who is michael class anthony and the magic picture frame author

Michael Class lives in the present, but he is traveling into the future. When he was a child, he had the ability to slow down - and even stop - time. He especially liked to stop time on warm summer days, while lying on his back on a grassy hill and looking up at wisps of white clouds passing high overhead in the bright blue sky. He could make the day stretch itself out for what seemed like forever. If you are old enough, you may remember some summer days from your childhood that seemed to last forever. You can thank Michael Class for those.

Michael Class lost the ability to control time when he became an adult. Now, he moves forward in time at an ever-increasing rate, unable to stop time’s progress ...


"I hope these stories of the past bring you many hours of reading enjoyment. I hope you discover something new and exciting every time you open this book."


E-Mail: class@MagicPictureFrame.com

michael class anthony and the magic picture frame author



(A puzzle no one has solved. But, you'll need the book to solve it.)

12-4-9, 16-1-1, 20-6-6, 24-3-6, 34-4-2, 38-6-6, 46-3-1


92-10-1, 103-1-1, 111-7-5, 123-5-2, 130-2-4, 147-6-8, 156-3-7, 158-4-1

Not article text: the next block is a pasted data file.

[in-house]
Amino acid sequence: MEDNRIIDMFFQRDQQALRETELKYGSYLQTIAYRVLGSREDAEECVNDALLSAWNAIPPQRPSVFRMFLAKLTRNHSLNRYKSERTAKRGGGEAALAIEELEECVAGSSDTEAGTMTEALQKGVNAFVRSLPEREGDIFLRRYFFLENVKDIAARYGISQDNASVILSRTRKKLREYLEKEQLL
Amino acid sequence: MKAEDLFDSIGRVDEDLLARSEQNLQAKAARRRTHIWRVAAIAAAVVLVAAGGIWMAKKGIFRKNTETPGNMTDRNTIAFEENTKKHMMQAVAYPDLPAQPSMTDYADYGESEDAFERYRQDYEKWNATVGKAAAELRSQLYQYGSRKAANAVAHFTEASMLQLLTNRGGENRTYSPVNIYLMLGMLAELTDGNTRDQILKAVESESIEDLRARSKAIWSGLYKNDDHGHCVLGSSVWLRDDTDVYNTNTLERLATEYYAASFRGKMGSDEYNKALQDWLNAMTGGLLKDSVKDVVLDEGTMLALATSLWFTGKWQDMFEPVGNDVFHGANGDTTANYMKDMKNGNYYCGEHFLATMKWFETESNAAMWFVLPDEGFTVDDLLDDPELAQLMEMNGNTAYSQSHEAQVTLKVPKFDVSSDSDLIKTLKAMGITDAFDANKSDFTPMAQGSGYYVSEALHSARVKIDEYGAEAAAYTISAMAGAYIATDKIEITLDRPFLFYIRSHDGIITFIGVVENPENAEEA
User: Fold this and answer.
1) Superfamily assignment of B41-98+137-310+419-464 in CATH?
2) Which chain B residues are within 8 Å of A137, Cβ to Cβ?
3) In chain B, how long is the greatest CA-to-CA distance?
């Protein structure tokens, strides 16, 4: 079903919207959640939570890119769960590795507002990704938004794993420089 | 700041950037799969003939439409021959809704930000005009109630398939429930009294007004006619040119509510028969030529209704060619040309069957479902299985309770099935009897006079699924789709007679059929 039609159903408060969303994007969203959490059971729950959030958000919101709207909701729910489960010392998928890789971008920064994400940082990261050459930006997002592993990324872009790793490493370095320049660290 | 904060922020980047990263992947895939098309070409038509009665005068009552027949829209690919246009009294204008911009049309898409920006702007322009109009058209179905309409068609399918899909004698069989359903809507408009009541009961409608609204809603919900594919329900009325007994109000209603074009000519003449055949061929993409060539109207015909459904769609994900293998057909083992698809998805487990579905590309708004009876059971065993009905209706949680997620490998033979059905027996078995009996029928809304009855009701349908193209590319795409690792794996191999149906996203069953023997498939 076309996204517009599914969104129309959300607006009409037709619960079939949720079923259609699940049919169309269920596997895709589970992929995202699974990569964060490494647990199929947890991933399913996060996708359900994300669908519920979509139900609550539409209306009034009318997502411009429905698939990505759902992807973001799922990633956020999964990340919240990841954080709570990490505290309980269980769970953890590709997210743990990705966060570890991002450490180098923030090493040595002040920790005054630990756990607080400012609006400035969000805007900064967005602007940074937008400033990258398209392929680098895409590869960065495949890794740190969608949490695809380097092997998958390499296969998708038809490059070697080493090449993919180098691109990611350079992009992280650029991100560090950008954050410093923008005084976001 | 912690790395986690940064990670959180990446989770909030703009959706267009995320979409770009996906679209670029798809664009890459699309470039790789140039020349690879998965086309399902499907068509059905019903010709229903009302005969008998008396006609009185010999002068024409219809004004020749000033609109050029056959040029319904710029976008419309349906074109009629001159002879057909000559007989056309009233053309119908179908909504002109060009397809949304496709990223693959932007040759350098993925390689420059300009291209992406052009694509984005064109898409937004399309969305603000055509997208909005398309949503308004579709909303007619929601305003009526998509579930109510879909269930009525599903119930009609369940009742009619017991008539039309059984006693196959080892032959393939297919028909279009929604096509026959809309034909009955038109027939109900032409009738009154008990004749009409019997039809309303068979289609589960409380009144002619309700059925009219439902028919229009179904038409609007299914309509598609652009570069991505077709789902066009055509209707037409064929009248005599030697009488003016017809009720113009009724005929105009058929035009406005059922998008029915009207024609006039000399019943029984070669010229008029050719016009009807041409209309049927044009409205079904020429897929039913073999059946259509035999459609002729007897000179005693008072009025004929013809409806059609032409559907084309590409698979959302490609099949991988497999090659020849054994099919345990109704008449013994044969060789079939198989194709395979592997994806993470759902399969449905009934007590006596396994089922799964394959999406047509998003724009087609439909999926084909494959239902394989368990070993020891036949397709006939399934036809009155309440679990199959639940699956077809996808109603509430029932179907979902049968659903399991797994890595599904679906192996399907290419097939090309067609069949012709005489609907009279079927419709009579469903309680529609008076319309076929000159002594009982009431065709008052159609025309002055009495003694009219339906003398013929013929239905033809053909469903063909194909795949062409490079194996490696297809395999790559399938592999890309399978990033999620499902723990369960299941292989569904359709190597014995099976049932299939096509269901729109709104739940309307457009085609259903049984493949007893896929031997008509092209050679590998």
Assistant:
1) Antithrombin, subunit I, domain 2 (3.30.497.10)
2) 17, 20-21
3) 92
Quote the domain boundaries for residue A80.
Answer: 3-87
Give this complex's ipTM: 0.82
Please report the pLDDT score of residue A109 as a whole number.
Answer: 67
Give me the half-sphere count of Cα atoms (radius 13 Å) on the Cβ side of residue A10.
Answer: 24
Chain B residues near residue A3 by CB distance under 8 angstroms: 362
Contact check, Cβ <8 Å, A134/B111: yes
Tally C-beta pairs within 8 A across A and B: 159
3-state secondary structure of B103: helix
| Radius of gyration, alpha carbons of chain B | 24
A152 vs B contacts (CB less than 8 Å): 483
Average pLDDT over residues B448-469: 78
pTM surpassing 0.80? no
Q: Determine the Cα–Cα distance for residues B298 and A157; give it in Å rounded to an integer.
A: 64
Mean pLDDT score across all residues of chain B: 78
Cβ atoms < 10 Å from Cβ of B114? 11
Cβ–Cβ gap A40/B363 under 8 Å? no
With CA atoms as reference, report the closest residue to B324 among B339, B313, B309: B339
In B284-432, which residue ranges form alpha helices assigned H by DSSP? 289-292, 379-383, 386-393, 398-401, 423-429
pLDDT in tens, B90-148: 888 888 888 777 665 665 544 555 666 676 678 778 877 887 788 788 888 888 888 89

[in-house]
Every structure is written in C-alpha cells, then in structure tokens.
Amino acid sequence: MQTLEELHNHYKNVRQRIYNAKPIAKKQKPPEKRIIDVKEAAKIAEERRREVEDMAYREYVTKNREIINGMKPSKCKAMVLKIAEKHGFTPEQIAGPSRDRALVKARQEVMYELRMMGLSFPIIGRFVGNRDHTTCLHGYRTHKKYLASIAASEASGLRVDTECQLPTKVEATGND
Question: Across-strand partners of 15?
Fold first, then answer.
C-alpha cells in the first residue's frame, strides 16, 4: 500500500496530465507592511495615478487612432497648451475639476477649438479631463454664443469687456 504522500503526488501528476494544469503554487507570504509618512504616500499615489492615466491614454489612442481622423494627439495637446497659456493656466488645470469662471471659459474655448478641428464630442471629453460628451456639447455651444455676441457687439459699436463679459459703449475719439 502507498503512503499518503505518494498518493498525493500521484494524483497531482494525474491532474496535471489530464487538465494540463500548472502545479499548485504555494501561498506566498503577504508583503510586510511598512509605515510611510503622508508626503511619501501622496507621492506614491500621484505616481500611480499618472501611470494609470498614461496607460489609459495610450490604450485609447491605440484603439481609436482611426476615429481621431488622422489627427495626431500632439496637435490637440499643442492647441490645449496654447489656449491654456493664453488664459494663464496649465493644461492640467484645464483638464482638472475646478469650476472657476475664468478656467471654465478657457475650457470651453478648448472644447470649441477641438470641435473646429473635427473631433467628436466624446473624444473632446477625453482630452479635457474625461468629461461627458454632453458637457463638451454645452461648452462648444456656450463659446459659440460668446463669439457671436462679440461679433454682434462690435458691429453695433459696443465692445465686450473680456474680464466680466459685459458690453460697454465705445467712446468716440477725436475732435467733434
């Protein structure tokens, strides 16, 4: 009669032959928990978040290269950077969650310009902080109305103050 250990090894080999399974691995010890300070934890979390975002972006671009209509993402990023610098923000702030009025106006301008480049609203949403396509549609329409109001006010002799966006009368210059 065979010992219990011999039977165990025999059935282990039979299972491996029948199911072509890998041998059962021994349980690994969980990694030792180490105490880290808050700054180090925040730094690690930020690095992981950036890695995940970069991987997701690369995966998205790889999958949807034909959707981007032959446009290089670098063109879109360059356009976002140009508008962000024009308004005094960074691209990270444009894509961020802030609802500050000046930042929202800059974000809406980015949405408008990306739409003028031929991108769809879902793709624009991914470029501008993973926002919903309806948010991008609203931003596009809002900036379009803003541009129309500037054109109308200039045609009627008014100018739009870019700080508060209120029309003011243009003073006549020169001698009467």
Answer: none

92-2-8, 87-1-10, 112-1-13

127-6-4, 139-1-7, 158-3-4, 103-1-7, 103-2-4

76-2-2, 16-3-1, 12-5-2, 55-1-6, 95-8-6, 124-3-6, 158-4-3




This book is dedicated to my parents and grandparents.

If it wasn't for them, I wouldn't be here.


This book is dedicated to my wife and children.

They are the light in my life, and they shine brightly.


This book is dedicated to America’s children.

May the light of other days shine down around them, and show them the way.


This book is dedicated to the teachers of America’s children.

May they be reminded of that which they once knew.


This book is dedicated to all who dream.

May they find the courage to make their dreams come true.


This book is dedicated to America and all those who dream of it.


Michael S. Class, 2005 

anthony and the magic picture frame american history book